Rounding1.jpg

    This looks like fun!

    And it has my top color choices in one shot. Special thanks to austrailianhartleyts16.org for the photo!

    I like the teal hull on the inside boat,
    Love the rub rail stripe and name combination on middle blue hull,
    and the outside boat has a great total package with the green hull, bright cabin walls with white roof and a nice stripe as well.

    Decisions, decisions.

    Also need to buy the ply, don't want to get too far ahead of myself. But looking at those 16's really gets me motivated.

    Thanks again Don, time to choose colors!
    God is great, beer is good and people are crazy.

    Billy Currington

  29. #239
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    Default Re: More Hartley

    Greetings all,

    Opinions and recommendations considered, Joubert Okoume was the choice. 6mm & 9mm purchased today. Lots of mental energy spent on this decision, but the bottom line was it was the most flexible of all of the options. Bad experience with bending exterior DF may have tipped the scale.

    So, do you know what $1,000 dollars looks like in SoCal?

    DSCF7369A.jpg

    9 sheets - 6mm Joubert Okoume Marine Ply
    2 sheets - 9mm Joubert Okoume Marine Ply

    Commitment to planking also meant providing storage for ply sheets.

    Primary design goal is to maintain Mustang parking spot!

    DSCF7370.jpg

    Really need to carve some more space for the stallion. Photo looks good, but...

    Time to turn this frame into a hull.

    More later,

    Eric
    God is great, beer is good and people are crazy.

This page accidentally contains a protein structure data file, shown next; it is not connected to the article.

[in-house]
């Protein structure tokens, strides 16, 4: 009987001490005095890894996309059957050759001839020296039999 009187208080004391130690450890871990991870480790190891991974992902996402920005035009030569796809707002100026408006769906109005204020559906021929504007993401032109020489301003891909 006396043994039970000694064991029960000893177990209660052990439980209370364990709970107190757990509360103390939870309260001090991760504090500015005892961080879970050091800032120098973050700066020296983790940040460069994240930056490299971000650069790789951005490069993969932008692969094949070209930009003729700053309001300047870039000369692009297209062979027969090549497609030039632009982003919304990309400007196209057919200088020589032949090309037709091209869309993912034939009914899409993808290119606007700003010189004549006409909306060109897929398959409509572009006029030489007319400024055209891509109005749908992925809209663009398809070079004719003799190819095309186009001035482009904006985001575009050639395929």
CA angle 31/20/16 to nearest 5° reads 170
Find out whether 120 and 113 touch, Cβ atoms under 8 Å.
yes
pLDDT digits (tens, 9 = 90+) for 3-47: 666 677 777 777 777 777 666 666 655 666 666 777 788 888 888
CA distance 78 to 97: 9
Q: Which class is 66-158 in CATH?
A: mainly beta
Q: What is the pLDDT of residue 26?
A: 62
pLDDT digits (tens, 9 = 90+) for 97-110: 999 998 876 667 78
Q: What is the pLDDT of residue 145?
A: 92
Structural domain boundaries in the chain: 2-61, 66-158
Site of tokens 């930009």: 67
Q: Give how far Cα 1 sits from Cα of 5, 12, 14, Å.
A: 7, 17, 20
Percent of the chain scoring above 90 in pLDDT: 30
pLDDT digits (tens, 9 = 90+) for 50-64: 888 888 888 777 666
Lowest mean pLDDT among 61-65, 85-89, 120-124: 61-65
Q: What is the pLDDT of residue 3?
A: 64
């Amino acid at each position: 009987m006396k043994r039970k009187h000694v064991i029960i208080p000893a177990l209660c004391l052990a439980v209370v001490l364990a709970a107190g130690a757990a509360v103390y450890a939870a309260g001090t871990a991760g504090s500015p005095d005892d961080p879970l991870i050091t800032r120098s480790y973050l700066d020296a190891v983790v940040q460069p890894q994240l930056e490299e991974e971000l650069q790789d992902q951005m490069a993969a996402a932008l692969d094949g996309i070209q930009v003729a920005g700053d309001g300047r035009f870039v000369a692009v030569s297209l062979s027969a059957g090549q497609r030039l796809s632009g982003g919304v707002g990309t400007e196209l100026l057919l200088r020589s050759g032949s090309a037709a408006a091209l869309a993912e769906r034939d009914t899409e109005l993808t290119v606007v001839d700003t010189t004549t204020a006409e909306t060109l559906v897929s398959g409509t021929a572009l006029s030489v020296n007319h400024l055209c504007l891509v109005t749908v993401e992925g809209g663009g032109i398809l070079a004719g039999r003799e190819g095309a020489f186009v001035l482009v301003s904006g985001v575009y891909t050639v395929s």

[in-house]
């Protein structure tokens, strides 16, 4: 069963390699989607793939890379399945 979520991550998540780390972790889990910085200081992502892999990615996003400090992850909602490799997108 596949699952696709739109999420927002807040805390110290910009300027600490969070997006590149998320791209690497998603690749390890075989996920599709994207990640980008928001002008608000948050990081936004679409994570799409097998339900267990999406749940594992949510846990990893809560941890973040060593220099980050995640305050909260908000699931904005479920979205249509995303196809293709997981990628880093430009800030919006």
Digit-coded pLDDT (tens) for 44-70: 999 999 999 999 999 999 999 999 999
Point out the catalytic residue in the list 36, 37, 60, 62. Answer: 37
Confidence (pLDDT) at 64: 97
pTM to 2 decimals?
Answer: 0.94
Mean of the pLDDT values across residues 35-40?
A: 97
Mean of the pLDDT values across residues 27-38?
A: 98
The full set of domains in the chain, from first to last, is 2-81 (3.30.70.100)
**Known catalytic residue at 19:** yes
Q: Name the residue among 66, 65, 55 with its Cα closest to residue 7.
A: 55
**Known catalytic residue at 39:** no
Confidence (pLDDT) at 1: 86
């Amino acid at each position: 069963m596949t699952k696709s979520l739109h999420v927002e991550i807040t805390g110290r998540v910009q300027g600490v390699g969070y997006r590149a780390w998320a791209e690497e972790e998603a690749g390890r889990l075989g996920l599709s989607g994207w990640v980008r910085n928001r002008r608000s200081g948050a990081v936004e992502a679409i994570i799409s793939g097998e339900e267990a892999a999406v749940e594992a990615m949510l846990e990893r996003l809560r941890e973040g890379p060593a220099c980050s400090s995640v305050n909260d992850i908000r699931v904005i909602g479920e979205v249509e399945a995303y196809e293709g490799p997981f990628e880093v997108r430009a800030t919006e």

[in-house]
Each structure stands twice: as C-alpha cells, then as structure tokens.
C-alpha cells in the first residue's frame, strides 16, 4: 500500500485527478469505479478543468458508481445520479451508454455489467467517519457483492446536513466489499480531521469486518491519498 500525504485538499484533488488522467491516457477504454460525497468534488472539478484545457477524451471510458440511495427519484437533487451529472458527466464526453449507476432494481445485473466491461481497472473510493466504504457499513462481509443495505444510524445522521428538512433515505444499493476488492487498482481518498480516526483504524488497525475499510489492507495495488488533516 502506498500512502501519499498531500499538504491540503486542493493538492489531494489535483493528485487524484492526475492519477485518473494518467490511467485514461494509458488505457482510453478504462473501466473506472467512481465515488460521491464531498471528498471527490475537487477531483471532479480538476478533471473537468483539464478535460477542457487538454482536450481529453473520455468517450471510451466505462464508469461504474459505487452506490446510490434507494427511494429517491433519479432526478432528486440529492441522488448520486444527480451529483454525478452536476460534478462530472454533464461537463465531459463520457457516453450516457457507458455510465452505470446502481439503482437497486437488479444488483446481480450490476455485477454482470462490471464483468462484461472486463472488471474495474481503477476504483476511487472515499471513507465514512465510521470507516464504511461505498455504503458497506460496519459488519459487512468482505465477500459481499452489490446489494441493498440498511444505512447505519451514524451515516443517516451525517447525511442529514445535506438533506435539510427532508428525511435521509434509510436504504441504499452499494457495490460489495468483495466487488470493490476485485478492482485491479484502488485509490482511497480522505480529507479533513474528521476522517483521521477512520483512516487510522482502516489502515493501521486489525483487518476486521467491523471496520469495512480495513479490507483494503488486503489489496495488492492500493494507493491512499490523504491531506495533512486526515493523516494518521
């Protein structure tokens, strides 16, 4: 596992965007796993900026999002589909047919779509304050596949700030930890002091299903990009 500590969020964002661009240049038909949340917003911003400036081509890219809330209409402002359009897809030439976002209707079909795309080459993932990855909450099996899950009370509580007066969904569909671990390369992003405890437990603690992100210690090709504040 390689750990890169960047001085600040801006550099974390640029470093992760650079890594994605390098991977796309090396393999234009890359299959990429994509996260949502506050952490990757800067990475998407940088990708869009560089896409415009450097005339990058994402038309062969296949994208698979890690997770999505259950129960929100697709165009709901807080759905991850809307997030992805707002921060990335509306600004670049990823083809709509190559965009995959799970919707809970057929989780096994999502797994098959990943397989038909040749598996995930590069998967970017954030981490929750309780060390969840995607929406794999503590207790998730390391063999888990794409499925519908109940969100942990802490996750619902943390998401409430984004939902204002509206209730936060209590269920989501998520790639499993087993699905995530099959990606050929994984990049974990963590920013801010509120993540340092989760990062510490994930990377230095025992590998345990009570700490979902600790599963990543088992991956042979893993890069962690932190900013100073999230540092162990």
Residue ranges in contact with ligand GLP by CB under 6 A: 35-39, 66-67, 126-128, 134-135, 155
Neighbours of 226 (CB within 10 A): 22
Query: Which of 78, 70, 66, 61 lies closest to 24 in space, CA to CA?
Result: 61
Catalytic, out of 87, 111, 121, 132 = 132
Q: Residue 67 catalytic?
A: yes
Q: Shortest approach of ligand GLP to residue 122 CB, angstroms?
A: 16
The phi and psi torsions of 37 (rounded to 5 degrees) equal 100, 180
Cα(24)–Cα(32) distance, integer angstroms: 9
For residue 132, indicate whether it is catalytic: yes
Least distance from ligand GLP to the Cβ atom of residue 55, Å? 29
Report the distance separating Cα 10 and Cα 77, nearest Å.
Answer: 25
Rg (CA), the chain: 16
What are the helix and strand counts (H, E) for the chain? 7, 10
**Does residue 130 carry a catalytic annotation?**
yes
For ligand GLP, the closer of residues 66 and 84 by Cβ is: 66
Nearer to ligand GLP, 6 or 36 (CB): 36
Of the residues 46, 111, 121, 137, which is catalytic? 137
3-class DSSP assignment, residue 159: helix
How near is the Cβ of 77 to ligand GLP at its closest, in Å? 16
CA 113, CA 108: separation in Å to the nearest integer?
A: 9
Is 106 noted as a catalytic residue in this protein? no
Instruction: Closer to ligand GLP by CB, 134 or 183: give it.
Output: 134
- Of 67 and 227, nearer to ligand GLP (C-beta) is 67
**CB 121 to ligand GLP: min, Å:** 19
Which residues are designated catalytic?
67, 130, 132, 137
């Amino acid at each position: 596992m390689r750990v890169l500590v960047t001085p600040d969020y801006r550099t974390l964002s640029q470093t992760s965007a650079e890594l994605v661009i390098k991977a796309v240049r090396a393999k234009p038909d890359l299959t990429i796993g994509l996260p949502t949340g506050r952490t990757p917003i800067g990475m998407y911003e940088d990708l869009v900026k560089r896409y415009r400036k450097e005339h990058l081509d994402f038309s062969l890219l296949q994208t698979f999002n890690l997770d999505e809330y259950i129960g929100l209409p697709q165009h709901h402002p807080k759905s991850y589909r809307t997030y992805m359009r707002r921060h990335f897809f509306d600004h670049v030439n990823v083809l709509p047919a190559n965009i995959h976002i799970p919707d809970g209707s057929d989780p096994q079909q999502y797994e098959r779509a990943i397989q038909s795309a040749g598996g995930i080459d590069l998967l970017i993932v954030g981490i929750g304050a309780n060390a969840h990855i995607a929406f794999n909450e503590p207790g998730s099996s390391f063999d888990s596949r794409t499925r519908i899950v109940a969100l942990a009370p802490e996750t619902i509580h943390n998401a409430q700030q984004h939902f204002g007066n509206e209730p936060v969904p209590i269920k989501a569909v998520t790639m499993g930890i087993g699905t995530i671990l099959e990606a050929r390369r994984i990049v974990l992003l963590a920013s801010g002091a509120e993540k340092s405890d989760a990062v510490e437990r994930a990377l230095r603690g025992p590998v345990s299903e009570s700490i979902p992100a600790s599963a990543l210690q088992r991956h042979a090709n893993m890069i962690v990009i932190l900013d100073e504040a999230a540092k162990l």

Billy Currington

  30. #240
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    Default Re: More Hartley

    Time to turn this frame into a hull.
    That's the bit I like.
    The definition of stupid has got to be the belief that more guns will negate the bloodshed done with guns.

  31. #241
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    Default Re: More Hartley

    Why not screws on the butt join WX? Isn't the epoxy doing the all work (like in a scarf) with the screws just holding it while it goes off.

    Fishouta - i'd still say scarf the ply. It's easier than you think, a bit of bother, but looks much better - and is easier to manage.


    planking, cool! Painting hard to reach spots while they are easy to reach - really good. Deep in that bow you'll need to be a six year old contorionist to paint it when its got a deck on.

    Colour options all look good. Very subjective. That cabin finished bright on the black hull looks very sexy, but i see a lot of work keeping that. Varnish on top and the dark paint getting hot.
    Last edited by gypsie; 10-13-2018 at 04:38 PM.
    "People should be able to access these benefits [Social Welfare] as a matter of right, with no more loss of their own standards of self-respect than would be involved in collecting from an insurance company the proceeds of an endowment policy on which they have been paying premiums for years."
    Robert Menzies - Liberal Party (Conservative) Prime Minister of Australia.

  32. #242
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    Default Re: More Hartley

    Greetings all,

    Having purchased the ply, painted the hard spots and faired out all of my goofs, its time to plank. Well almost, the first bit is the transom. Here is a shot of the last frame before adding the ply.
    Attachment 24539

    I measured (3 times) the overall size of the transom, added a half inch both sides (it was Saturday night) and cut my first sheet of 9 mm down to a manageable size. Wrestled it into place and clamped it down.

    DSCF7378.jpgAttachment 24540


    Then drew the outline of the frame onto the ply, cut it with a jig saw and 20 tooth blade and clamped it again.

    DSCF7380.jpg
    Attachment 24541